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Olkiluoto 3 reactor plugged into national grid, 13 years behind schedule

One of the world's most expensive buildings, OL3 is to meet 14 percent of Finland's electricity needs by next summer.

yleiskuva - Olkiluoto 3. Ydinvoimalaitoksen reaktorirakennus numero kolme.
Image: Esa Syväkuru / Yle
Yle News

The third unit of the Olkiluoto nuclear power plant has finally begun commercial operations. Plant owner Teollisuuden Voima (TVO) says the unit was plugged into the national electricity grid at noon on Saturday. It is Finland's fifth nuclear reactor.

Initially, the unit, known as OL3, will generate 103 megawatts of electricity. During a trial period of about four months, the power will be gradually increased to 1,600 megawatts, reaching full capacity in July.

The unit is to cover about 14 percent of Finland's electricity consumption, bringing much-needed boost as energy prices rise sharply and imports from Russia drop.

"OL3 is a significant addition to clean electricity production in Finland, the share of which will rise to over 90 percent. At the same time, the need for the import of electricity will decrease to below half," said Senior Vice President of Electricity Production, Marjo Mustonen, in a statement on Saturday.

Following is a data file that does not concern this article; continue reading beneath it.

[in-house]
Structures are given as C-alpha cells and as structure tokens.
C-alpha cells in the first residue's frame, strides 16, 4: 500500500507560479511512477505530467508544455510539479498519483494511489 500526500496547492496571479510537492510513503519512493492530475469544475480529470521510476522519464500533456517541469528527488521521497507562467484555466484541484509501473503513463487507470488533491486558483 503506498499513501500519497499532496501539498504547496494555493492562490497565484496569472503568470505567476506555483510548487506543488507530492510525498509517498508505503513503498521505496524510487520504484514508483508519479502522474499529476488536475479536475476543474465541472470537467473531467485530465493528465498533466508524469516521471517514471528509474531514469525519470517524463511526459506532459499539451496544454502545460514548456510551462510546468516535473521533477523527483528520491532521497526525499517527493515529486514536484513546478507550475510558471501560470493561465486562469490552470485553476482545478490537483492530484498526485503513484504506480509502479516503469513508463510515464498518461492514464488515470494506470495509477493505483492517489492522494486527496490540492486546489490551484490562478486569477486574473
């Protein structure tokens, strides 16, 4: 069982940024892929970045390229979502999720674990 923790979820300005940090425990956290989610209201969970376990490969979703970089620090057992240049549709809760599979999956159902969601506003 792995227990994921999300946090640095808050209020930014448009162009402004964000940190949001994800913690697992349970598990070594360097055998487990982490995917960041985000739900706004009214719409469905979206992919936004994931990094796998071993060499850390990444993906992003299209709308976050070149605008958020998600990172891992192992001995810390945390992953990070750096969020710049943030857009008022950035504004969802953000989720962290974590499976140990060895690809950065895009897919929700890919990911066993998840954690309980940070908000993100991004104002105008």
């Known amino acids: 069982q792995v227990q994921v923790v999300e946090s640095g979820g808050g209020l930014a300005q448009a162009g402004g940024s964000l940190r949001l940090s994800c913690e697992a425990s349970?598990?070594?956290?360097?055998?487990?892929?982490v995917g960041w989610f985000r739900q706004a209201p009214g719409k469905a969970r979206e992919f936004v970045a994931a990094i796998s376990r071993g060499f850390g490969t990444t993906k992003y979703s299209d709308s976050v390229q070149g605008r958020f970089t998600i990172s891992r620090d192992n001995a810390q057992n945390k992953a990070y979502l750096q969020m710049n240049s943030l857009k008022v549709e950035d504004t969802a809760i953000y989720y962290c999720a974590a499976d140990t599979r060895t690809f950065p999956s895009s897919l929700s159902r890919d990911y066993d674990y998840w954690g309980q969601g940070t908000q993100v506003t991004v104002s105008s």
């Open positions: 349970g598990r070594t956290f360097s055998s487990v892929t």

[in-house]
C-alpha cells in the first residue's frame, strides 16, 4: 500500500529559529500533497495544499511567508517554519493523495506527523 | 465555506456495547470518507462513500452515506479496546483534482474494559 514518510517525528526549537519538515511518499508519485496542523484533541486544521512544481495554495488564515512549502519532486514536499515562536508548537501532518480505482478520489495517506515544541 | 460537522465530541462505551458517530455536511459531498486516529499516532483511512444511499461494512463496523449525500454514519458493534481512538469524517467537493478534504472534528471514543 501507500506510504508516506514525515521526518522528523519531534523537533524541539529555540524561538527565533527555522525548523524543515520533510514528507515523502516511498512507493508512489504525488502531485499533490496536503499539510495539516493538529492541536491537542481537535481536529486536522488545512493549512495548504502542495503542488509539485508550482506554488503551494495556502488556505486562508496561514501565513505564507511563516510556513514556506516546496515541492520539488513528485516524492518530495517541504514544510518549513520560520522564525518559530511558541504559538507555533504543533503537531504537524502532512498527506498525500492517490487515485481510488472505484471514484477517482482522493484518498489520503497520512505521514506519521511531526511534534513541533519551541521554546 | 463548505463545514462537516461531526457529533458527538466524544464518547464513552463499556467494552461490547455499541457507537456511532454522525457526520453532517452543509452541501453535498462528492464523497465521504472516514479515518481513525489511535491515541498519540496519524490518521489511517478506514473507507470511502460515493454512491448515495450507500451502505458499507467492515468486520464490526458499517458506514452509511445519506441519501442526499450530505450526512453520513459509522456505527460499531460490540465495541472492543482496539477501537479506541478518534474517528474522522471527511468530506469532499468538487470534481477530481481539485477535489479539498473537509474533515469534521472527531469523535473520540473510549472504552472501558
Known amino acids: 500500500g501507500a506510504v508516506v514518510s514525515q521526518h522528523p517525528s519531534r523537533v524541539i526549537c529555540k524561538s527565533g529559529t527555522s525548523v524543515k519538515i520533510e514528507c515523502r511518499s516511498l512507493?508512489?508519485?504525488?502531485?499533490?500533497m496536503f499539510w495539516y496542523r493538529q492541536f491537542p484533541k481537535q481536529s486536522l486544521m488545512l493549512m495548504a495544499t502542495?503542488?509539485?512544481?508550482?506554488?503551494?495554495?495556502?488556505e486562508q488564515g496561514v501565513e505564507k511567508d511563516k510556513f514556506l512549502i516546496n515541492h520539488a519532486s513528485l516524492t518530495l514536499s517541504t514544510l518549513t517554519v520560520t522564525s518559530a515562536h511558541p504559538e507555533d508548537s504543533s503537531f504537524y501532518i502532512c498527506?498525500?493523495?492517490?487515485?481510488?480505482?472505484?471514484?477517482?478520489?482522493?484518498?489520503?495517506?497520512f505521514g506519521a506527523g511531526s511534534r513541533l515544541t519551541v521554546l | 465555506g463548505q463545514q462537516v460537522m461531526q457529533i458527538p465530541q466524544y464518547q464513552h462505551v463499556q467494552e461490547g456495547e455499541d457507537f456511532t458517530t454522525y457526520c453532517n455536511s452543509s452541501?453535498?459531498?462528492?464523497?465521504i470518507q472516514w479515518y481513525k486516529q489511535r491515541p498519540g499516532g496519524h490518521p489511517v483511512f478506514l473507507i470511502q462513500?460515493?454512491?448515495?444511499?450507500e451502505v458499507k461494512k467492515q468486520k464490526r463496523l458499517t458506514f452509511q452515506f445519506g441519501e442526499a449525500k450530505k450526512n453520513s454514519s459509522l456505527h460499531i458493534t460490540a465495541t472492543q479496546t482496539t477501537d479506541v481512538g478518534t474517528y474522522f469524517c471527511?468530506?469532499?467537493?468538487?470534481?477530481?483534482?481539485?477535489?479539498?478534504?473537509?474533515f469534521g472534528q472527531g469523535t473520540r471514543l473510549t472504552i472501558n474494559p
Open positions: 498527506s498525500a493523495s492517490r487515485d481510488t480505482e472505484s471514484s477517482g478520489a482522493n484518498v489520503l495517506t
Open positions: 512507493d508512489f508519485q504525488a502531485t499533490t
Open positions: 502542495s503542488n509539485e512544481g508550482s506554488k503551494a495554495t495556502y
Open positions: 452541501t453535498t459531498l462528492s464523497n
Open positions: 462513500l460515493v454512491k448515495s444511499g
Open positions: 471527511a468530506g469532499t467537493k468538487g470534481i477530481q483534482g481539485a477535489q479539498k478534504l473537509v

First EPR reactor outside of China

Olkiluoto 3 was originally scheduled to start up more than 12 years ago, in 2009, but was beset by a long series of technical delays, legal disputes and cost overruns.

Its total cost has been estimated at close to 11 billion euros, making it one of the world's most expensive buildings.

OL3 was intended to be the world's first reactor with the French EPR design, but two reactors of same type, known as pressurised water reactors, began operating in China in 2018 and 2019. Two others, in France and England, are expected to go online in 2023 and 2026.

The Olkiluoto Nuclear Power Plant, whose two reactors began operations in 1979 and 1982, is located in Eurajoki on Finland's west coast, some 50 kilometres south of Pori.

Loviisa NPP could run until 2050, Fennovoima in doubt

On 3 March, Fortum, which owns Finland's only other nuclear power plant, Loviisa in the south-east, applied for an extension of its operating license until 2050.

Loviisa's two reactors, built with Soviet technology, were commissioned in 1977 and 1980. Together they produce about 10 percent of the electricity consumed in Finland. Regulatory officials have signalled that the extension is likely to be approved.

Fortum is also part-owner of another nuclear venture, the planned Fennovoima plant on the west coast, to be built by the Russian state-owned Rosatom Group. The plant has not been granted a construction license.

On 25 February, a day after the Russian invasion of Ukraine, Minister of Economic Affairs Mika Lintilä (Cen) said he would not propose granting a permit for the plant, whose key components were to be built in eastern Ukraine.

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